Chamomile tea usually causes
Here’s the thinking behind this one: Since many people are
allergic to herbs in the daisy family (ragweed comes to mind),
no one should drink chamomile tea. Sure, in some instances,
individuals will have allergies to this plant family, one
of the herb world’s biggest groups, incorporating multiple
medicinal plants such as chamomile, feverfew, and echinacea.
But it’s the inhaled pollen—not the leaf and flower, brewed
in a tea—that poses the problem.
Chamomile tea is the third most commonly consumed tea in the
world. Allergic reaction is exceedingly rare. Caution dictates
that those allergic to plants in this family tread slowly
with these medicines, but most people will do just fine.
Echinacea reduces immune function
after prolonged use.
This seems logical, but it’s a fear that stems from a drug-oriented
mindset. No evidence exists to show that this herb blunts
immune response. Traditional practitioners administered
echinacea to patients for months at a time with no ill effect
to the immune system. As one of the most widely used herbs
of the nineteenth century, echinacea was prescribed extensively
by physicians of that day. They made no mention of time
limits in their journals. Neither did European physicians,
who used and studied the herb extensively from the 1930s
through the 1990s.
While it’s true that the German Commission E monographs
mention dosage limitation and contraindications for licorice,
several scientists (including German echinacea experts Bauer
and Wagner, who helped create the monographs) question this.
They argue that there’s no scientific reason for the dose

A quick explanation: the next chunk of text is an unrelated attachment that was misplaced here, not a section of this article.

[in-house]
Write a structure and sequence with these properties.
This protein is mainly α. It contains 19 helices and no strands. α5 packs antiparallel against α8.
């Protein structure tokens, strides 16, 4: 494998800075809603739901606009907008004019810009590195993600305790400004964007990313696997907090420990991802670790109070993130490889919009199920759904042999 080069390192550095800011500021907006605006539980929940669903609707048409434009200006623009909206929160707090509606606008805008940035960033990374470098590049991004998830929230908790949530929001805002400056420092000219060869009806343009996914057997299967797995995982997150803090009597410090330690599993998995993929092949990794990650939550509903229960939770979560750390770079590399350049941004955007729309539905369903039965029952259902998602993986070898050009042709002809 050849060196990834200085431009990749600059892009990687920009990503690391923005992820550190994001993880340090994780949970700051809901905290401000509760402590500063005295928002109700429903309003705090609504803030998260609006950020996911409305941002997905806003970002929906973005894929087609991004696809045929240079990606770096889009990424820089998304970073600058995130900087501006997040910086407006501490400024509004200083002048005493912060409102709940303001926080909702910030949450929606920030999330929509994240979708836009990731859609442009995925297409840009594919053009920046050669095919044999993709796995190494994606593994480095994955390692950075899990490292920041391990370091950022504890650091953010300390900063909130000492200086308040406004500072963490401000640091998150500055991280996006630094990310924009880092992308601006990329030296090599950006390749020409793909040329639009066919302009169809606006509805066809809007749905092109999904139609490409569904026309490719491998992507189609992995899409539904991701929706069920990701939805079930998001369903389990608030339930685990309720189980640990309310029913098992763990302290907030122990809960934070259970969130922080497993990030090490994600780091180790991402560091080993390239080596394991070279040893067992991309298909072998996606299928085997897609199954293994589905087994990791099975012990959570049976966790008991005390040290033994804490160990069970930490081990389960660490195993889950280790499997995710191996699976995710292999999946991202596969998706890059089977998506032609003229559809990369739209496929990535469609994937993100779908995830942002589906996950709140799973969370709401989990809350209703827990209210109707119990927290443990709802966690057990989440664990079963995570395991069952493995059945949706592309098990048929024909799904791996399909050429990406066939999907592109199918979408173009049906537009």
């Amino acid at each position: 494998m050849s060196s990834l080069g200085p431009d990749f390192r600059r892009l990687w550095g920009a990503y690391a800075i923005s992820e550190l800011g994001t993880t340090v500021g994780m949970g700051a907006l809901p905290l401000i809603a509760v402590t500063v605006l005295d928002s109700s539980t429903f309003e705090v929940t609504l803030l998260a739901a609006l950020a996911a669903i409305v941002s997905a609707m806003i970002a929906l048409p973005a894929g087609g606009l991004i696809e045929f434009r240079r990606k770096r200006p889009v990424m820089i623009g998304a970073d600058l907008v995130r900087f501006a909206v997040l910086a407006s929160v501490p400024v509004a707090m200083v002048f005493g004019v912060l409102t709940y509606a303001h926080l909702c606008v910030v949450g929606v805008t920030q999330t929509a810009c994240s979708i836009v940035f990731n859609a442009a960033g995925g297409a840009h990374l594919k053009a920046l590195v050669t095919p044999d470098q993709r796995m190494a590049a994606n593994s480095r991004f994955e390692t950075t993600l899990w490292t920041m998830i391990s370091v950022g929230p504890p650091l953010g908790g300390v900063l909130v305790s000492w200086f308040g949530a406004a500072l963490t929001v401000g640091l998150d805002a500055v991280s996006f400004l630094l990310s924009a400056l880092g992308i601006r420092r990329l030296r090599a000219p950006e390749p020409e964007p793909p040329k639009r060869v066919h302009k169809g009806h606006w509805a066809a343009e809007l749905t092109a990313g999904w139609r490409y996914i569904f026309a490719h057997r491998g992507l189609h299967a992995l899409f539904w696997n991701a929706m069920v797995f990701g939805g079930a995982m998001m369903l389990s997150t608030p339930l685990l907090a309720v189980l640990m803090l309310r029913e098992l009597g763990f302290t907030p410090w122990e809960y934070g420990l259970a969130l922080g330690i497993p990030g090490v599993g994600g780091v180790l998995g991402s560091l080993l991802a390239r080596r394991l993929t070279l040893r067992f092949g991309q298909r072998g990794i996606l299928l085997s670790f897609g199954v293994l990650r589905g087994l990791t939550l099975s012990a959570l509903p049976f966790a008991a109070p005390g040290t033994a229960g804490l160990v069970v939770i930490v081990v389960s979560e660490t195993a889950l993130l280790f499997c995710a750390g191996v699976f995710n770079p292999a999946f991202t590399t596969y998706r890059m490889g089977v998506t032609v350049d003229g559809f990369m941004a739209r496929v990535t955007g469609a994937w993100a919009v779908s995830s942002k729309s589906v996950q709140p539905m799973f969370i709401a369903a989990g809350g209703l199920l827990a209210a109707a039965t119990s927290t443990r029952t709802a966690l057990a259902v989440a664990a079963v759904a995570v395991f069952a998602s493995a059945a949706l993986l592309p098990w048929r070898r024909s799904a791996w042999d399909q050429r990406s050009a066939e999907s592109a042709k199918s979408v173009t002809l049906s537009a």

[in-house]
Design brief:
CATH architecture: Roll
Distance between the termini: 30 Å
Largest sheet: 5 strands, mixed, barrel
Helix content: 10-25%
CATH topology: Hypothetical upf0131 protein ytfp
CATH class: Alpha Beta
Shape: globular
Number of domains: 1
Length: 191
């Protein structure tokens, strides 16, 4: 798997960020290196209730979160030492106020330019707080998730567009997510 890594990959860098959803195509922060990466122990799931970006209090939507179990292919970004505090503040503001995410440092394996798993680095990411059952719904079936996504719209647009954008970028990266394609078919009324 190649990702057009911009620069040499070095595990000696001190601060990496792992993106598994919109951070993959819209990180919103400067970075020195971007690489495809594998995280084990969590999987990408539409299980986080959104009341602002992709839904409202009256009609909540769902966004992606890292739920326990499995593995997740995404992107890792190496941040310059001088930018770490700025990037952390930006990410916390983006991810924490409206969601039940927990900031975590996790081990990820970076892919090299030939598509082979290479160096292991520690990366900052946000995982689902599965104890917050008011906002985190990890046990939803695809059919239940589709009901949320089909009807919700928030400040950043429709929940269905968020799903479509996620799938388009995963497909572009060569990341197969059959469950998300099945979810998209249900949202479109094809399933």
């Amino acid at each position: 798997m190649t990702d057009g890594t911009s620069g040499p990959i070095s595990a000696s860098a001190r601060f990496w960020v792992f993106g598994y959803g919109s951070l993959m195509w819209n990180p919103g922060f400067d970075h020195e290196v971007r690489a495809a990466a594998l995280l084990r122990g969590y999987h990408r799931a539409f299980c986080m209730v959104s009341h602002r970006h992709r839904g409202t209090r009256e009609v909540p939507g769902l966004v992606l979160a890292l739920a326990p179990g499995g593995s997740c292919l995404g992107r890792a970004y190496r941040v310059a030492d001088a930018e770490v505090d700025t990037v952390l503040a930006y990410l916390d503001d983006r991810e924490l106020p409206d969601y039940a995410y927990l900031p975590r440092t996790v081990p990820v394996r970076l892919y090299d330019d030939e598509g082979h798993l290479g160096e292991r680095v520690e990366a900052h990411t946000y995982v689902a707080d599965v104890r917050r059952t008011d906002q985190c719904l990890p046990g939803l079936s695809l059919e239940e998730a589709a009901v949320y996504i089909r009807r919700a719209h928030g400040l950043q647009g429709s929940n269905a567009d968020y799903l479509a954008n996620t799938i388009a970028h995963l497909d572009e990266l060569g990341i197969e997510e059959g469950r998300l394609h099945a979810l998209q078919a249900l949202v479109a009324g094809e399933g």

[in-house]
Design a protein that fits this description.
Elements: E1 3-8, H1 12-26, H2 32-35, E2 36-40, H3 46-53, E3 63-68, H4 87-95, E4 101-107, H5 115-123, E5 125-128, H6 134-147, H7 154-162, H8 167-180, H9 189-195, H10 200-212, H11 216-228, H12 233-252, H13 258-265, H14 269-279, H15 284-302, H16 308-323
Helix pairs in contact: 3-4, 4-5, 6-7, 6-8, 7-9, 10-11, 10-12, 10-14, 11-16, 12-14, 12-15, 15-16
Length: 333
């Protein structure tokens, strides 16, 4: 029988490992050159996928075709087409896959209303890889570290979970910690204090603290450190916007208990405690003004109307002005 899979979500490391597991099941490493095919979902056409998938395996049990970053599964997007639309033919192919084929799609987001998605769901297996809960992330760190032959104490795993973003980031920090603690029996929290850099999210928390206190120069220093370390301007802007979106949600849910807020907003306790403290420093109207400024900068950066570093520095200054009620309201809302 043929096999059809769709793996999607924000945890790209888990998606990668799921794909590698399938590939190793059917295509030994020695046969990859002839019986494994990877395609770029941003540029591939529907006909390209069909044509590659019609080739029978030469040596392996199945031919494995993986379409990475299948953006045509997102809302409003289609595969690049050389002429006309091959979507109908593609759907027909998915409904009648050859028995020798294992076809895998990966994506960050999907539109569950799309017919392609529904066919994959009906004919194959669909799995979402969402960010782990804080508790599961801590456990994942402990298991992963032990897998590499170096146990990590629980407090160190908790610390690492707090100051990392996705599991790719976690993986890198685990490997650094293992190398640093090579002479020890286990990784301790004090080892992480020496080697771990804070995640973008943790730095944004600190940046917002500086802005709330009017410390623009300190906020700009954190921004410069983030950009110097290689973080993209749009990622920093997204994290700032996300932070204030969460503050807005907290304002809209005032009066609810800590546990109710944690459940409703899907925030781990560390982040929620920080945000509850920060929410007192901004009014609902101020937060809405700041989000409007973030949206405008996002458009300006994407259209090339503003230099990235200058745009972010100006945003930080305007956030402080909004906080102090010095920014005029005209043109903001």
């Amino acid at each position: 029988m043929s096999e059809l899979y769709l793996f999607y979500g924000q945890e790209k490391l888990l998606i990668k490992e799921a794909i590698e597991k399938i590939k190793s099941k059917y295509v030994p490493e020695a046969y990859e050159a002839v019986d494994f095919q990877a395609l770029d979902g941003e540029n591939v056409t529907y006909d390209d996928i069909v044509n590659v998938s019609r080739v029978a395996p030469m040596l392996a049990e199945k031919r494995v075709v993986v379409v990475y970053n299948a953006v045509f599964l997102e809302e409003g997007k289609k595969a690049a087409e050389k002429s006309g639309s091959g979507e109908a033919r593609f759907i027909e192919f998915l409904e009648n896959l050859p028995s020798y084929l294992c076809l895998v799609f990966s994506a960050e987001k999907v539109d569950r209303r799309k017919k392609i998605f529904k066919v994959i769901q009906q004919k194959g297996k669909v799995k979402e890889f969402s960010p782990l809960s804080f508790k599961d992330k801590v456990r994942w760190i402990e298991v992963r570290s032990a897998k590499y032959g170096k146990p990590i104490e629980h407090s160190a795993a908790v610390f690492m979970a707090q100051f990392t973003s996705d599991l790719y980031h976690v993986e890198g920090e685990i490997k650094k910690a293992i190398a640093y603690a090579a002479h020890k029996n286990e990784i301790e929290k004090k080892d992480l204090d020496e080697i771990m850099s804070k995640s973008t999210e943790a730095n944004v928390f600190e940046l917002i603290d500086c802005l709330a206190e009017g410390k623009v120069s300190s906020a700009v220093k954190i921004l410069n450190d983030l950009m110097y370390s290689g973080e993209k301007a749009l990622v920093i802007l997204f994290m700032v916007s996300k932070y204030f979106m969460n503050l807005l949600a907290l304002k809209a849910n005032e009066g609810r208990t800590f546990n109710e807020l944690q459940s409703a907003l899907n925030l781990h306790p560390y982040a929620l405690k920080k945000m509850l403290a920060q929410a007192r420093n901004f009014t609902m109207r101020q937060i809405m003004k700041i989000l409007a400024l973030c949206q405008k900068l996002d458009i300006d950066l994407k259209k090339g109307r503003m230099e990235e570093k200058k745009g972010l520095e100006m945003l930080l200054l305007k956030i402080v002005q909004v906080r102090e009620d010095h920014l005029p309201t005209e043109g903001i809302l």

limitation, and point out that no notations exist to help
explain the reasoning or processes behind the Commission’s
conclusions. In light of this, we can safely place this
“truth” about echinacea in the myth category.
Echinacea stops having an
effect after ten days.
In this myth, echinacea has the opposite problem. Rather
than question the danger it may pose in the long-term, this
“fact” questions whether echinacea even works beyond the
short term. This pervasive, popular myth finds its roots
in the mistranslation of one sentence in a German study.
English-language articles have widely reported that echinacea
loses its ability to stimulate immune response after about
ten days’ use. It has subsequently become standard practice
for health practitioners to recommend a ten-dayon/ five-day-off
pattern for longterm treatment. A study, published in 1989
in German, is invariably given as the reasoning behind this
The article in question included a graph that indeed shows
protective white blood cell activity declining after day
five and trailing off to a plateau from day eight to ten.
The problem: In the study, researchers actually discontinued
administering echinacea after day five. The duration of
treatment got lost in the translation from German to English.
Echinacea does not stop delivering its immune-boosting effects,
so you shouldn't feel the need to take a break after ten